French composer Erik Satie was a curious, eccentric man. He had a penchant for grey corduroy suits (he had seven identical ones) and umbrellas, and apparently only ate white food. His response to a critic who said his music lacked form was to pen a suite of piano pieces entitled Trois morceaux en forme de poire (Three Pieces in the Shape of a Pear).
As a composer he was a torch-bearer for the avant-garde who discarded the rule book and embraced the surreal, absurd and eccentric. He collaborated with Cocteau, Picasso and Diaghilev on his work Parade, and among his closest friends were radical artists such as Man Ray, Brancusi and Duchamp, and members of the go-ahead Paris-based group of composers Les Six. His simple, but not simplistic, music is the pre-cursor of minimalism, long before the term was even coined, and his love of repetition and harmonic changes influenced composers such John Cage, Morton Feldman, Terry Riley and Steve Reich. He explored new ideas in tonality, space, and emotion, and his non-conformist, experimental approach to music and composing drew admiration from John Cage, who regarded him as “indispensable”. It was Cage who organised the New York premiere of Satie’s Vexations, a short two-line piano piece which the composer directed to be repeated 840 times.
Erik Satie: 3 Gnossiennes (Pascal Rogé, piano)
His curious but attractive and accessible music has a timeless quality, yet it is rare to hear it in concert. His Gnossiennes, a suite of short piano pieces composed in the 1890s, are, along with his Gymnopedies, amongst his most popular works. They share some of the same qualities as the Gymnopedies, with their ostinato bass figures, repetitions and unusual, experimental harmonies and rhythms. They are capriciously unconventional in form and do not fit with any existing genre of piano music, so Satie gave them the title ‘Gnossiennes’, a made up word, though some commentators have suggested the word derives from ‘Knossos’ and the music was inspired by slow dances of the Ancient Greeks. Satie may also have been satirising the impressionistic titles of Debussy’s compositions. Whatever the origin of their title, these works have a profound beauty and elegance, though their character is not as tranquil as the Gymnopedies, and they are all imbued with a haunting air of melancholy or unease.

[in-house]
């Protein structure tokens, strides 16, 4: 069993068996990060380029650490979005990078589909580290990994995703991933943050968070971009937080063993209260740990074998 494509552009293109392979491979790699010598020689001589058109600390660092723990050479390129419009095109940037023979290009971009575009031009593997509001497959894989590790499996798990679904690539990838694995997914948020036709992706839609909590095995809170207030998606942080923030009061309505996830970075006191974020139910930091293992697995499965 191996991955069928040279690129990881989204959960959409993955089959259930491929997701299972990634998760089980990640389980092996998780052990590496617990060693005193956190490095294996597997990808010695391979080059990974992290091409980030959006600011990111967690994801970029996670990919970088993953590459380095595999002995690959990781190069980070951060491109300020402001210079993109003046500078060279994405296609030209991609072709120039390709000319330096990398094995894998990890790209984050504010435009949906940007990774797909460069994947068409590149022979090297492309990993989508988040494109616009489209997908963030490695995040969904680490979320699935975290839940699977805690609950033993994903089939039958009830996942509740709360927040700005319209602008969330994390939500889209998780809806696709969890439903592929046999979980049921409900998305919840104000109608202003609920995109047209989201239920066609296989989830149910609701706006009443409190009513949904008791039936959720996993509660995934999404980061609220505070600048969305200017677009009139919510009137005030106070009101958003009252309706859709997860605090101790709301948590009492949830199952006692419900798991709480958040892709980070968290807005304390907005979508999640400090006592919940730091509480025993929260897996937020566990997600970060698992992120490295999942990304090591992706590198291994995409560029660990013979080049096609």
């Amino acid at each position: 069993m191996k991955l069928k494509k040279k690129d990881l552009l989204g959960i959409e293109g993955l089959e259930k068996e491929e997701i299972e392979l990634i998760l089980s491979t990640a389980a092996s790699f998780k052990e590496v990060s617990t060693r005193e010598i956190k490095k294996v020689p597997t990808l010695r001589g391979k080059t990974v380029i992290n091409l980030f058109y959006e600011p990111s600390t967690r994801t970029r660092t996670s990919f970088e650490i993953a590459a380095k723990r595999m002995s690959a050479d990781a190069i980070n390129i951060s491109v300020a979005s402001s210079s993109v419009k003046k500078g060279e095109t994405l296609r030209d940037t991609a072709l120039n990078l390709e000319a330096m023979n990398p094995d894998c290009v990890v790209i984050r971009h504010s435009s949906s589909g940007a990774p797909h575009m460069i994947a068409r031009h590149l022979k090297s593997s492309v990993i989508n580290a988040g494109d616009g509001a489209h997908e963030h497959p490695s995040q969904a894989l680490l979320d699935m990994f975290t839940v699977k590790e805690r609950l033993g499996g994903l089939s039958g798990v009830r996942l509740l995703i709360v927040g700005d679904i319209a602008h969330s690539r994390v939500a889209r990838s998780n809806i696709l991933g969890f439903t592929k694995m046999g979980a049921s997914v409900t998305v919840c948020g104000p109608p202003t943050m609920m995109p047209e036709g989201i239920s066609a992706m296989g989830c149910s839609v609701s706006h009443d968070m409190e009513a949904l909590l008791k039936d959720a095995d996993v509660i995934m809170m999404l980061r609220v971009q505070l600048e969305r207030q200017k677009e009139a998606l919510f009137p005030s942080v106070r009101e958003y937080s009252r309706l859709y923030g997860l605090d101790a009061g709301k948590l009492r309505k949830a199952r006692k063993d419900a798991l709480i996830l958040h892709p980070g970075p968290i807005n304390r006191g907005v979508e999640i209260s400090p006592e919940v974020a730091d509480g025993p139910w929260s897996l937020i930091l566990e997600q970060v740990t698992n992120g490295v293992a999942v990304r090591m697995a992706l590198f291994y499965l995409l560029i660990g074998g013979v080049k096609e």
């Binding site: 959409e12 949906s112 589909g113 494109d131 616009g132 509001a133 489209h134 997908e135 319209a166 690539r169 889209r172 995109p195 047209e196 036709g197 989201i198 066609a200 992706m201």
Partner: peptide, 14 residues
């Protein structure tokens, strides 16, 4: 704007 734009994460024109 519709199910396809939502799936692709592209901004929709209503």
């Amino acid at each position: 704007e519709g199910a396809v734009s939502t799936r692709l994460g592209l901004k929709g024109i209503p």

They were radical for their time in that they were written free form without time signatures or bar lines (a habit favoured by later minimalist composers) and lack conventional performance directions. Instead, the scores are littered with curious aphoristic comments such as “Du bout de la pensée” (“With the tip of your thought”), “Munissez-vous de clairvoyance” (“arm yourself with clairvoyance”) or “Ouvrez la tête” (“open the head”), while others do guide the player in the kind of character and mood required – “Très perdu” (“very lost”) or “Avec étonnement” (“with surprise”). Without formal directions, the pianist is liberated to experiment with and explore to create his/her own interpretation of this music, something I suspect Satie would have thoroughly approved of.
The cyclical nature of the Gnossiennes give them their timelessness – they seem to have no distinct beginning nor end – and the first three naturally segue into one another, as they each share bass pedals and similar rhythms in the accompaniment which creates a sense of togetherness. Lonely, haunting melodies are supported by spare textures, and while not technically difficult, the austere appearance of this music is deceiving. It requires an almost imperceptible subtlety of variation to create nuance and shadings within the repeated sections. Appearing at the end of the nineteenth century, these pieces represent an elegant and unembellished reaction to the excess of the Romantic era and signalled the evolution of a new musical language at the start of a new century.
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